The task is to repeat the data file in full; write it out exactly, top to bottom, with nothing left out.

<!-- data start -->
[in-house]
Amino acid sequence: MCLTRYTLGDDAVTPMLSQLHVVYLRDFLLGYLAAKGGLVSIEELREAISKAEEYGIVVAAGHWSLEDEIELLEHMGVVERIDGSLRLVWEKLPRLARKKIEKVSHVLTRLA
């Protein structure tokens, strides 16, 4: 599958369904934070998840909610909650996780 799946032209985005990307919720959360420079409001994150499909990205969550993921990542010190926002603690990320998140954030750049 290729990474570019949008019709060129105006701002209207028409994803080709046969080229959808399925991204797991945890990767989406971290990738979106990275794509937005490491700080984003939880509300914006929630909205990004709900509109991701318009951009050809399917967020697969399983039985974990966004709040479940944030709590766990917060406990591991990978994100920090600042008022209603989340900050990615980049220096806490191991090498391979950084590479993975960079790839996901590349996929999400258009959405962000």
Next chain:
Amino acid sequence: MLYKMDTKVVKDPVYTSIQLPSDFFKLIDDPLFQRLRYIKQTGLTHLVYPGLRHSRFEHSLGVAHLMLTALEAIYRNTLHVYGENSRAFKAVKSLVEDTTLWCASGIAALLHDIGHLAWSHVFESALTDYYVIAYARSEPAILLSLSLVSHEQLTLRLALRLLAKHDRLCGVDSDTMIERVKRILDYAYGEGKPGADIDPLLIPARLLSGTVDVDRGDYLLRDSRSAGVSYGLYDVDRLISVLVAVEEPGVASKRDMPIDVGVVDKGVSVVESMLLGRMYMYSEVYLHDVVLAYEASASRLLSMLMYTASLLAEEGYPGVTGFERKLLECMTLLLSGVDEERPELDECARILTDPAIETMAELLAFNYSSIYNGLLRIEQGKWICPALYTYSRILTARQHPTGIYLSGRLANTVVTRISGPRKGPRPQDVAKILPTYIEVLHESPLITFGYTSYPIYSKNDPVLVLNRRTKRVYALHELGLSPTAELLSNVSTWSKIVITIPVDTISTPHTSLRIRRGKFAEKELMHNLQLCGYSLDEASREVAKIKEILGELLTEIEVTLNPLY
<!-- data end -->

[in-house]
Amino acid sequence: MCLTRYTLGDDAVTPMLSQLHVVYLRDFLLGYLAAKGGLVSIEELREAISKAEEYGIVVAAGHWSLEDEIELLEHMGVVERIDGSLRLVWEKLPRLARKKIEKVSHVLTRLA
């Protein structure tokens, strides 16, 4: 599958369904934070998840909610909650996780 799946032209985005990307919720959360420079409001994150499909990205969550993921990542010190926002603690990320998140954030750049 290729990474570019949008019709060129105006701002209207028409994803080709046969080229959808399925991204797991945890990767989406971290990738979106990275794509937005490491700080984003939880509300914006929630909205990004709900509109991701318009951009050809399917967020697969399983039985974990966004709040479940944030709590766990917060406990591991990978994100920090600042008022209603989340900050990615980049220096806490191991090498391979950084590479993975960079790839996901590349996929999400258009959405962000």
Next chain:
Amino acid sequence: MLYKMDTKVVKDPVYTSIQLPSDFFKLIDDPLFQRLRYIKQTGLTHLVYPGLRHSRFEHSLGVAHLMLTALEAIYRNTLHVYGENSRAFKAVKSLVEDTTLWCASGIAALLHDIGHLAWSHVFESALTDYYVIAYARSEPAILLSLSLVSHEQLTLRLALRLLAKHDRLCGVDSDTMIERVKRILDYAYGEGKPGADIDPLLIPARLLSGTVDVDRGDYLLRDSRSAGVSYGLYDVDRLISVLVAVEEPGVASKRDMPIDVGVVDKGVSVVESMLLGRMYMYSEVYLHDVVLAYEASASRLLSMLMYTASLLAEEGYPGVTGFERKLLECMTLLLSGVDEERPELDECARILTDPAIETMAELLAFNYSSIYNGLLRIEQGKWICPALYTYSRILTARQHPTGIYLSGRLANTVVTRISGPRKGPRPQDVAKILPTYIEVLHESPLITFGYTSYPIYSKNDPVLVLNRRTKRVYALHELGLSPTAELLSNVSTWSKIVITIPVDTISTPHTSLRIRRGKFAEKELMHNLQLCGYSLDEASREVAKIKEILGELLTEIEVTLNPLY